It’s not because someone has left a hurtful comment on their latest selfie, or because their skinny jeans don’t fit anymore, but many millennials these days are having legitimate concern over their future, and where their future will take place geographically.

It’s no surprise that cities with most economic prospect draw residents from all over the country.  You’re going to go where the jobs are, and where the money is.  Young couples looking to buy a home, raise children and achieve the American Dream are facing a broad dilemma in California.  Macro-economics teaches us that the cities with the least affordable housing often have the best social mobility.  Inversely, cities with the most affordable housing have the worst social mobility.  California is home to six of the seven least affordable housing markets, though has four of the 11 best cities for upward mobility and job opportunity, including Southern California, according to Kolko’s affordability metric.  (Kolko/Chetty 2015)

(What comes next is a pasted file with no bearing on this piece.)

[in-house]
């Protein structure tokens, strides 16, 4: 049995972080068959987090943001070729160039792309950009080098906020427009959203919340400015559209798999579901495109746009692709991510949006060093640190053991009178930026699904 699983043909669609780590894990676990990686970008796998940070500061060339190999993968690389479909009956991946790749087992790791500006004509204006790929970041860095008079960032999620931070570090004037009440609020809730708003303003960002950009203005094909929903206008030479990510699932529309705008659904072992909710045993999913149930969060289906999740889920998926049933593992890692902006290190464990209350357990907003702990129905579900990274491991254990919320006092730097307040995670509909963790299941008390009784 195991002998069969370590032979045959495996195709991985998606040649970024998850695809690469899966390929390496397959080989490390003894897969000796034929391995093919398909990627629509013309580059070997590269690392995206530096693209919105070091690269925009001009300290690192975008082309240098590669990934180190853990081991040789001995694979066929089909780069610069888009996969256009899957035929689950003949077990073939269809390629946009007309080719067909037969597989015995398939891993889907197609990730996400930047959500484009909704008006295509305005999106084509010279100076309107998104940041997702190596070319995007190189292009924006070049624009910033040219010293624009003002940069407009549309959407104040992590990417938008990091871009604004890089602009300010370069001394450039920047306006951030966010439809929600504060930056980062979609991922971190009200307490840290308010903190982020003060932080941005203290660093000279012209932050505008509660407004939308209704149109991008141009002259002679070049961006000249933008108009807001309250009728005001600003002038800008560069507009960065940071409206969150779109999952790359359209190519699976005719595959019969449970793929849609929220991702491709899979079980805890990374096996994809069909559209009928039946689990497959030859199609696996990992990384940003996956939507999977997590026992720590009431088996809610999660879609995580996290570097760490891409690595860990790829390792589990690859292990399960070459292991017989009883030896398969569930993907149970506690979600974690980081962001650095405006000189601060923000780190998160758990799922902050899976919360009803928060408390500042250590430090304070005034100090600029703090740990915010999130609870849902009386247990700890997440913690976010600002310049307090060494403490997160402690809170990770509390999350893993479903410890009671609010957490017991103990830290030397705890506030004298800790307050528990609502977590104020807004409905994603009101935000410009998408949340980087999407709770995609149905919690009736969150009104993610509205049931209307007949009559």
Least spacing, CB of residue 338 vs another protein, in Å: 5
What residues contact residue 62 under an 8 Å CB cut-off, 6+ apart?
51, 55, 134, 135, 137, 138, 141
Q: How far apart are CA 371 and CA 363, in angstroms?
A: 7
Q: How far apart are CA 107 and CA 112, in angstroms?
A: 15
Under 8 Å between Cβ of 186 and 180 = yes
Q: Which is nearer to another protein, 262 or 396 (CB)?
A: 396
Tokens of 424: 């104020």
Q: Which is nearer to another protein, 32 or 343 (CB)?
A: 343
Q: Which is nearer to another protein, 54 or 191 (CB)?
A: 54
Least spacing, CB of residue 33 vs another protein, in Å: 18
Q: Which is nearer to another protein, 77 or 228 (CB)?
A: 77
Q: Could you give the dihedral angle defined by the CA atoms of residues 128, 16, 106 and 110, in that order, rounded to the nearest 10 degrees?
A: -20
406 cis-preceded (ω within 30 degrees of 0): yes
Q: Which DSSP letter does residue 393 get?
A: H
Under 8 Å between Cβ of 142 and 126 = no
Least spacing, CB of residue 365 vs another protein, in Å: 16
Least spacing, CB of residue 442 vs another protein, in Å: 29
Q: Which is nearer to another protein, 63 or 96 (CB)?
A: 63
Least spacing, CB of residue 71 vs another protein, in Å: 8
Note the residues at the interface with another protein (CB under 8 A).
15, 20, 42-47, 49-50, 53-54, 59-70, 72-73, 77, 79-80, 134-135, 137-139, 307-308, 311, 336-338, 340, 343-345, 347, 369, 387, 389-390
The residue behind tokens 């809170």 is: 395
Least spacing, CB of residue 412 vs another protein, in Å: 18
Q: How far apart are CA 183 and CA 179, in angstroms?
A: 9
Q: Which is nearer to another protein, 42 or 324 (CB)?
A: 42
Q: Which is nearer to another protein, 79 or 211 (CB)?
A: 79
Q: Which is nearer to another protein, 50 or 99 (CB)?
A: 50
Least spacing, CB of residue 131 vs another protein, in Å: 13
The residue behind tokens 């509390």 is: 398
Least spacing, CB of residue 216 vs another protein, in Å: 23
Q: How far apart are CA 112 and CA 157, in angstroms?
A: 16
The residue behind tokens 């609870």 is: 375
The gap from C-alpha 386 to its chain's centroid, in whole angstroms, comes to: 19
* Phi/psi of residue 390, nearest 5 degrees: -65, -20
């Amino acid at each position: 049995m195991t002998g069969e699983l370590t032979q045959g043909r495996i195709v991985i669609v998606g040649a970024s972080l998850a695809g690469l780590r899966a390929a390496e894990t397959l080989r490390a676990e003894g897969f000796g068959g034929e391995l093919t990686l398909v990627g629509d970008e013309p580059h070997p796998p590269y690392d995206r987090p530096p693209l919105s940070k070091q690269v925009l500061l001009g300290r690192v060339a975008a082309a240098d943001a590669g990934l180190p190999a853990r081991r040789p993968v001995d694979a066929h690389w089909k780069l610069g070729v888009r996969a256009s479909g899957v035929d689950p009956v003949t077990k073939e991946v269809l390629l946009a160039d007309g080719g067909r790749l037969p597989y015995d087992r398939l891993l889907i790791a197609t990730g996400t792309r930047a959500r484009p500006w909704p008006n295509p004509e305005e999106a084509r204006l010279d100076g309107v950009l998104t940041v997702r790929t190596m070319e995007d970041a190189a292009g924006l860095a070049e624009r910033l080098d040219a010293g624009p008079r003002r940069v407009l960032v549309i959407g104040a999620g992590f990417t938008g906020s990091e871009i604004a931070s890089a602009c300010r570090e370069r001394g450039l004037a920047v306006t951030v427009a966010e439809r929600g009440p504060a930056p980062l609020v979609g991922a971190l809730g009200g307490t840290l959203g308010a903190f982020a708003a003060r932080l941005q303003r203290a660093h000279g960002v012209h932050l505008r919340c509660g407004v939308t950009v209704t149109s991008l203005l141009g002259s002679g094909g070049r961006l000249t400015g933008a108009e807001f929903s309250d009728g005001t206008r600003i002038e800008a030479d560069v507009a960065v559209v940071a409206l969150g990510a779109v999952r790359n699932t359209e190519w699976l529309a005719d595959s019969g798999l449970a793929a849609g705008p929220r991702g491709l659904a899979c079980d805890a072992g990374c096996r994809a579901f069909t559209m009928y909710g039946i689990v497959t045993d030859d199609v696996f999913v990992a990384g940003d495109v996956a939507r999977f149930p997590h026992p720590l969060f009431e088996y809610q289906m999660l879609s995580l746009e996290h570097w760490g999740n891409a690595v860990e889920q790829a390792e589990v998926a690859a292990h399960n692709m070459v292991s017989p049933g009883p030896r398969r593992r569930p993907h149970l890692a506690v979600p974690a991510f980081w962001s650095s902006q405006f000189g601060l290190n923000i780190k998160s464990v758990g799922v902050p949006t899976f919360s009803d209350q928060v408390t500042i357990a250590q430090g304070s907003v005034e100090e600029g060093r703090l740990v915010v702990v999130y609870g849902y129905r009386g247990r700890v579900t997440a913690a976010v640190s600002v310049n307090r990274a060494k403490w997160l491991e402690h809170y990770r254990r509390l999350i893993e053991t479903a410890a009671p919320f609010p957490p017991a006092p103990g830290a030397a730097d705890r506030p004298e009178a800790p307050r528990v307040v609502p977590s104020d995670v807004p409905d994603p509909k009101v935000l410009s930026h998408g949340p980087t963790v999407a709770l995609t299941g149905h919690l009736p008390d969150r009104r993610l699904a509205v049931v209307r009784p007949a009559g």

High-income metros often have greater influence over planning commissions, and rightfully so at times.  The coastal communities, for example, often deter and vote against new construction, as opposed to lower income metros.  The unique thing about Southern California, is that may of these high-income metros and low-income metros, seem to live in symbiosis.  The best advice to give your millennial seeking the American Dream? Uh, we’ll let you know when we find it.  Until then, we’re open to suggestions.